The correct response of Billy Graham and Bible-believing US population should have been to reject G W Bush as a false prophet, I'm sure the Bible says to do something to a person who claims to be speaking from God and his words don't come true, something fairly nasty, I'm sure it doesn't say to give them a second term.

    What happened then and there on the USS Abraham Lincoln was G W Bush made a fool of Christianity in front of the entire World.
     
  8. tonybeer

    tonybeer Newbie

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    The point is he knows some won't, even if it is their choice.

    Would you bring a child into the world if you knew with 100% certainty beforehand it would be ending up in hell for eternity, or would you choose not to have one?


    Assuming a God exists:
    With regards to free will, there are plenty of things that God has ensured I can't choose to do*, so why not ensure I can't choose to not believe in him?

    *e.g. I can't choose to visit the nearest solar system, etc.
     
  9. Danny777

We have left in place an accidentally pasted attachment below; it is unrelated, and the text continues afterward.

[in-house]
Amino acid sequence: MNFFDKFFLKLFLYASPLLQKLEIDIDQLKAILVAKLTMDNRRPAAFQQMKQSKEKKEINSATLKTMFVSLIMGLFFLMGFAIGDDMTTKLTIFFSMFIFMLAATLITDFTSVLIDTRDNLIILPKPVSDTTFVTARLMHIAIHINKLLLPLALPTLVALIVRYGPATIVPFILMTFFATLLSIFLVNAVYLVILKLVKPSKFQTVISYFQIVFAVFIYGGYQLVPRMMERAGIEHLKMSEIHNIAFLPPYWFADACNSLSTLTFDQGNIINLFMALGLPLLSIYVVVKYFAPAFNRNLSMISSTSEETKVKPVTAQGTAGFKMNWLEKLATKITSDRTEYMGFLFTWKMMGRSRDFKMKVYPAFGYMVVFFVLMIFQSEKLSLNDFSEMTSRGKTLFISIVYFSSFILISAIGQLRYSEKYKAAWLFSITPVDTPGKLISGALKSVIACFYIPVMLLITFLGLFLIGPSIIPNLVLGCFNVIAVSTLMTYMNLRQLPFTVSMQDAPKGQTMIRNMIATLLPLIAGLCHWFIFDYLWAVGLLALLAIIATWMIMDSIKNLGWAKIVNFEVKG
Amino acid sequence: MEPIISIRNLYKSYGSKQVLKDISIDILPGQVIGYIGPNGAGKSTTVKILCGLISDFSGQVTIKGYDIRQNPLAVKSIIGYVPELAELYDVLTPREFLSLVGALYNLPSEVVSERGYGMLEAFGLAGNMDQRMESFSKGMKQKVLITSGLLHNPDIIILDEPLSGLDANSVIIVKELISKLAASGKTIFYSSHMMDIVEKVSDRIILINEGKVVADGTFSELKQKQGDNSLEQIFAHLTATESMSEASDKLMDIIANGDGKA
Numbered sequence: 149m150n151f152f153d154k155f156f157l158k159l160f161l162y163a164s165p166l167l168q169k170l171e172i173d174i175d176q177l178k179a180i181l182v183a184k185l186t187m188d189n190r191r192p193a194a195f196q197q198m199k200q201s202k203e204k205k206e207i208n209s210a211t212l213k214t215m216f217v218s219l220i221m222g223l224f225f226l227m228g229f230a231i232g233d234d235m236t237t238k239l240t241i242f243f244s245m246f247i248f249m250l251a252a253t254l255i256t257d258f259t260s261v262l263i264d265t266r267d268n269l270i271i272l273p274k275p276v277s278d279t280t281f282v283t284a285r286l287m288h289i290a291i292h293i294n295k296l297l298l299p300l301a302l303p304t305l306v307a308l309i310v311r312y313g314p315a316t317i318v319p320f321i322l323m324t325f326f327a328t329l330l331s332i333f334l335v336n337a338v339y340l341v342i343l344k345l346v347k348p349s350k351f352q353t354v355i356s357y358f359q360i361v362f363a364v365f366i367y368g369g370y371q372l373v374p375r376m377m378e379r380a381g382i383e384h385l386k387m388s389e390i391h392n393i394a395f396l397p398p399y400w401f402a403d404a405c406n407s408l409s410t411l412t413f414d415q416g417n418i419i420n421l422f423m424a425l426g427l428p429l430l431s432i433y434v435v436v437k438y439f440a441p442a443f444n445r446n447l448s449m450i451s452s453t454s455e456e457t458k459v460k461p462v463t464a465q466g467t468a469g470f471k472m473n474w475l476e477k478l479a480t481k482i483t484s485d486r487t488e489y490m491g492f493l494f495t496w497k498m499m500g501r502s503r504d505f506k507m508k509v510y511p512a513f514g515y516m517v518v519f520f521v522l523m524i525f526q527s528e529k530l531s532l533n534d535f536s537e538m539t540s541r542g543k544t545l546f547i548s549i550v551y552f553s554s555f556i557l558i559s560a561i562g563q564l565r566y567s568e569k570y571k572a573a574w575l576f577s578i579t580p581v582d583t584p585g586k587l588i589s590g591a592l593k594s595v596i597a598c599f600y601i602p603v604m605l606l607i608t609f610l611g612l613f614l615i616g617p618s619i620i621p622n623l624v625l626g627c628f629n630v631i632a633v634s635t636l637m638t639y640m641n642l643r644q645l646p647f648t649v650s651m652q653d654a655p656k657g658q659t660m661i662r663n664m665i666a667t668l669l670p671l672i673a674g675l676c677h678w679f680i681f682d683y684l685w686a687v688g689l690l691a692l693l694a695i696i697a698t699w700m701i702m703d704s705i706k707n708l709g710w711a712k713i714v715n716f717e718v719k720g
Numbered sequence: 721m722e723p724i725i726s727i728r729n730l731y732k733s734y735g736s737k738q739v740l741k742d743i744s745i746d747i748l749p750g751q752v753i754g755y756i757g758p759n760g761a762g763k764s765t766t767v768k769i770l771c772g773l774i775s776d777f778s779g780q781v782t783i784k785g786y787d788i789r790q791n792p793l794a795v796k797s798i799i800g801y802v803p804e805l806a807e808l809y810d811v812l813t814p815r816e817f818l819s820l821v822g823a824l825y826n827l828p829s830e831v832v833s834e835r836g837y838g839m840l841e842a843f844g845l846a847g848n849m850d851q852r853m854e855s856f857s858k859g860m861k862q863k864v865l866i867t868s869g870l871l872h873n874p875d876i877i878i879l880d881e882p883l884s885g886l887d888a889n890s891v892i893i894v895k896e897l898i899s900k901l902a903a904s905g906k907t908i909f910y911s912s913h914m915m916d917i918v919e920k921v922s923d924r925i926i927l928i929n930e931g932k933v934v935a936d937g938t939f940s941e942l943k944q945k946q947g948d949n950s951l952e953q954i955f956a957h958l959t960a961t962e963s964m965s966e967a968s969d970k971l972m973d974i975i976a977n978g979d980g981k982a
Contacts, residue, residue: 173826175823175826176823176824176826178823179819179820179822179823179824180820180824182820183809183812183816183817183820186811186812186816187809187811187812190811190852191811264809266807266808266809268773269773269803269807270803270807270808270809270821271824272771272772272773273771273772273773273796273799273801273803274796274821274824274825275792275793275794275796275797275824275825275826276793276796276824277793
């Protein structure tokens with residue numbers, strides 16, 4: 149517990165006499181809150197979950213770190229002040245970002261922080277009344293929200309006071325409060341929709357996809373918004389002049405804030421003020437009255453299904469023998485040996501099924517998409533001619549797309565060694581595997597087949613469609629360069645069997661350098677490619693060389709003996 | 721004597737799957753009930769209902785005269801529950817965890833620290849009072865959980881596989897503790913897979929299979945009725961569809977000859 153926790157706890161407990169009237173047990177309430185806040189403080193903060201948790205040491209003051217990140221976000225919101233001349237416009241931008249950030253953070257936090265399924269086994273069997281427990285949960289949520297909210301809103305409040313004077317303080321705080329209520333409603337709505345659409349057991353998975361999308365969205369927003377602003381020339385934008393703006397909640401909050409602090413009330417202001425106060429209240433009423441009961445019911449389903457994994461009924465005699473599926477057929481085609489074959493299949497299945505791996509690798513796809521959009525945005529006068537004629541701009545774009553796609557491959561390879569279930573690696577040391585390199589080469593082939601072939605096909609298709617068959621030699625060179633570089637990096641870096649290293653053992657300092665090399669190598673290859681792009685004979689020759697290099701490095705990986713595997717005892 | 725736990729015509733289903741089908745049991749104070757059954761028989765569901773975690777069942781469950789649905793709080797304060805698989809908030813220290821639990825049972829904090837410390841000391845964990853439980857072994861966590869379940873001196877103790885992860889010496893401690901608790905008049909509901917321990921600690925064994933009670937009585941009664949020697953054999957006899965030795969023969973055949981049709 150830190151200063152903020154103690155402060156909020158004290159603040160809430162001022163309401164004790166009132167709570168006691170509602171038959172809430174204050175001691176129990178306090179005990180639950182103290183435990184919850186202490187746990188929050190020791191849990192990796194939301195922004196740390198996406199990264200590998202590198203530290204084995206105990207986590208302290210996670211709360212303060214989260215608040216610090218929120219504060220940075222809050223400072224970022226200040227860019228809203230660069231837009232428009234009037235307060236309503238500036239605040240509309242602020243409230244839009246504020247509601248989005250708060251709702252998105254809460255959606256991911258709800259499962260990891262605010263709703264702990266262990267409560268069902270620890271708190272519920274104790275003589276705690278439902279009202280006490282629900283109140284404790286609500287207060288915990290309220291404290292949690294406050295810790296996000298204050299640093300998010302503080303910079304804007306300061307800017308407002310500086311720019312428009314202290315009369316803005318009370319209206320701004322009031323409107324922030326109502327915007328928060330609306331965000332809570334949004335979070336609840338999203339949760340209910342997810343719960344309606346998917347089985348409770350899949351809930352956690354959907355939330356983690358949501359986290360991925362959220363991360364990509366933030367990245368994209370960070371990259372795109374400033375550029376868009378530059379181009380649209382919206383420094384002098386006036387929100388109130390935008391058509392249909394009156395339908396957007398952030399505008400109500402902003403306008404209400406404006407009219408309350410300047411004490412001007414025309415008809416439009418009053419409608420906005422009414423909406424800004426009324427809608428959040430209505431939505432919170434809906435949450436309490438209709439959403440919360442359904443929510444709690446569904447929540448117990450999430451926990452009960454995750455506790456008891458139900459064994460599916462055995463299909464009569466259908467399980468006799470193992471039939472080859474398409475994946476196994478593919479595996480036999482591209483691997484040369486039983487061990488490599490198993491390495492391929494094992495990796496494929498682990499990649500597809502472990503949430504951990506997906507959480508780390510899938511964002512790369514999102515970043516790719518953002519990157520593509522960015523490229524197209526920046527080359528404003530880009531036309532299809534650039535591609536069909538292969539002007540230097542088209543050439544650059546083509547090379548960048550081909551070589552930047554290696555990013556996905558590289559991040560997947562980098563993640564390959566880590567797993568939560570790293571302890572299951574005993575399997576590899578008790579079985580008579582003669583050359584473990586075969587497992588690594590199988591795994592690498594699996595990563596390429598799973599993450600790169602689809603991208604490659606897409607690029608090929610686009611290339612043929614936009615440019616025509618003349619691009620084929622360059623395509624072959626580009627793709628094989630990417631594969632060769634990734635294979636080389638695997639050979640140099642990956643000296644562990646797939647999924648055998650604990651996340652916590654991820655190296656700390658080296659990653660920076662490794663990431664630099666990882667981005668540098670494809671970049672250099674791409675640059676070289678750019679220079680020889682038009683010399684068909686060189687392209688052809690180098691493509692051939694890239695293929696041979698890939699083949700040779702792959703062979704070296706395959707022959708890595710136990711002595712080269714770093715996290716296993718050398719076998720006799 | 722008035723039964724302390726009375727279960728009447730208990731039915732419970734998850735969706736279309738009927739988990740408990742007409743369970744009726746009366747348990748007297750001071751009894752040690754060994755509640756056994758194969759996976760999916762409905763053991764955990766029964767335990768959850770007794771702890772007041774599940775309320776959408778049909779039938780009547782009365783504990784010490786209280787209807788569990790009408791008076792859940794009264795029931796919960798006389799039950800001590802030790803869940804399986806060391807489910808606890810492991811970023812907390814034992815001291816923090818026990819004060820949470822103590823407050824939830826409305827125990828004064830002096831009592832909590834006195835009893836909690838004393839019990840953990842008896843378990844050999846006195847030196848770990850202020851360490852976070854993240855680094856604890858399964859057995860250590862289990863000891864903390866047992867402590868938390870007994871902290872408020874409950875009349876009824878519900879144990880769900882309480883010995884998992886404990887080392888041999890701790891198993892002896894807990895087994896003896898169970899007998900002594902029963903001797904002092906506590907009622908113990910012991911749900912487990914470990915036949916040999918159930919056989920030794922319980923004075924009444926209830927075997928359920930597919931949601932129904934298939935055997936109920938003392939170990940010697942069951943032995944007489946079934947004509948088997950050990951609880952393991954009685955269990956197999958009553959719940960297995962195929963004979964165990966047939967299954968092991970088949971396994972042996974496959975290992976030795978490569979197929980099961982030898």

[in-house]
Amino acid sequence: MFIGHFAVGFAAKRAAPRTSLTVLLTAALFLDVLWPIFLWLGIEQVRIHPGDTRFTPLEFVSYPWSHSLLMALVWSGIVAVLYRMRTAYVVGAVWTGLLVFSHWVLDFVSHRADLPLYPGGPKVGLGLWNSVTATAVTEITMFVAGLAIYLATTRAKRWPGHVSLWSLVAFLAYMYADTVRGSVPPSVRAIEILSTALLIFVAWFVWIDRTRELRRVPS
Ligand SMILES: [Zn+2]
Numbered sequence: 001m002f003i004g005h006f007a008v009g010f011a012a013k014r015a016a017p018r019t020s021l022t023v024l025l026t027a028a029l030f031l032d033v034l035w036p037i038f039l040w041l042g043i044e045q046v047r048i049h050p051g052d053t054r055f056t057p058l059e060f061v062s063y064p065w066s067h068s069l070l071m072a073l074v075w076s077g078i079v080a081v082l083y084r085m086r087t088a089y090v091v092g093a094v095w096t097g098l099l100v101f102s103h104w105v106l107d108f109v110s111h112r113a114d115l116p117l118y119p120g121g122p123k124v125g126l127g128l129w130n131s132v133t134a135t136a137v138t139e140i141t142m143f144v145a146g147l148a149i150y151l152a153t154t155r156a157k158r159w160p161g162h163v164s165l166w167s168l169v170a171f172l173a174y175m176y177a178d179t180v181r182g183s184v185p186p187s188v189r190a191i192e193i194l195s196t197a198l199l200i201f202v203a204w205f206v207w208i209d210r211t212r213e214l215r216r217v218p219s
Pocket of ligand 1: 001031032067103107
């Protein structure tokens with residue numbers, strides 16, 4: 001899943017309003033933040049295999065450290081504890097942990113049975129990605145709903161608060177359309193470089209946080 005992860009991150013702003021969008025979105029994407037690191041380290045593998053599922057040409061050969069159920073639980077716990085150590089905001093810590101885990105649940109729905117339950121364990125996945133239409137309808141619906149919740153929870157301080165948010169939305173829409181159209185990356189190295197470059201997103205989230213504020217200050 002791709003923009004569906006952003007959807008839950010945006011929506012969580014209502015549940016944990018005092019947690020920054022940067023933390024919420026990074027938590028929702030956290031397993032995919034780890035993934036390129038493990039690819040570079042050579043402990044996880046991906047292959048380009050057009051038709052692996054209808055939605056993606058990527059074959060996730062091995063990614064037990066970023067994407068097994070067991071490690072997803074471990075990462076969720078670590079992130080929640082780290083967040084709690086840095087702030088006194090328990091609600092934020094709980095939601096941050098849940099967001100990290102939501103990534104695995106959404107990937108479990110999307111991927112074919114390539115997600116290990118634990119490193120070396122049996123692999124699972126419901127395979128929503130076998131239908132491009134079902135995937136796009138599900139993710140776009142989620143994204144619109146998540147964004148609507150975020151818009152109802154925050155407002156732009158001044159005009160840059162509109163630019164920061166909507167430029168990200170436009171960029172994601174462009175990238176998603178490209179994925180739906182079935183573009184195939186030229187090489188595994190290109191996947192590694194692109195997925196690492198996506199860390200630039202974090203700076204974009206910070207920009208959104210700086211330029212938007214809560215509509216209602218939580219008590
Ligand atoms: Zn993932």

Danny777 Member

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    If we were created unable to choose NOT to believe in God (ie programmed TO believe in Him), we would not be capable of a genuinely loving relationship with God - it would be forced upon us and this would violate our "free will". If you are FORCED to believe in something and there is no choice in the matter, particularly a relationship, there will be far less genuine pleasure in the process on either side.

    I'm quite sure that if this were the case, you would (quite rightly) allege this was unfair. As it happens, we CAN all chose whether or not to believe in God - this demonstrates complete freedom and is completely fair!
     
  10. tonybeer

    tonybeer Newbie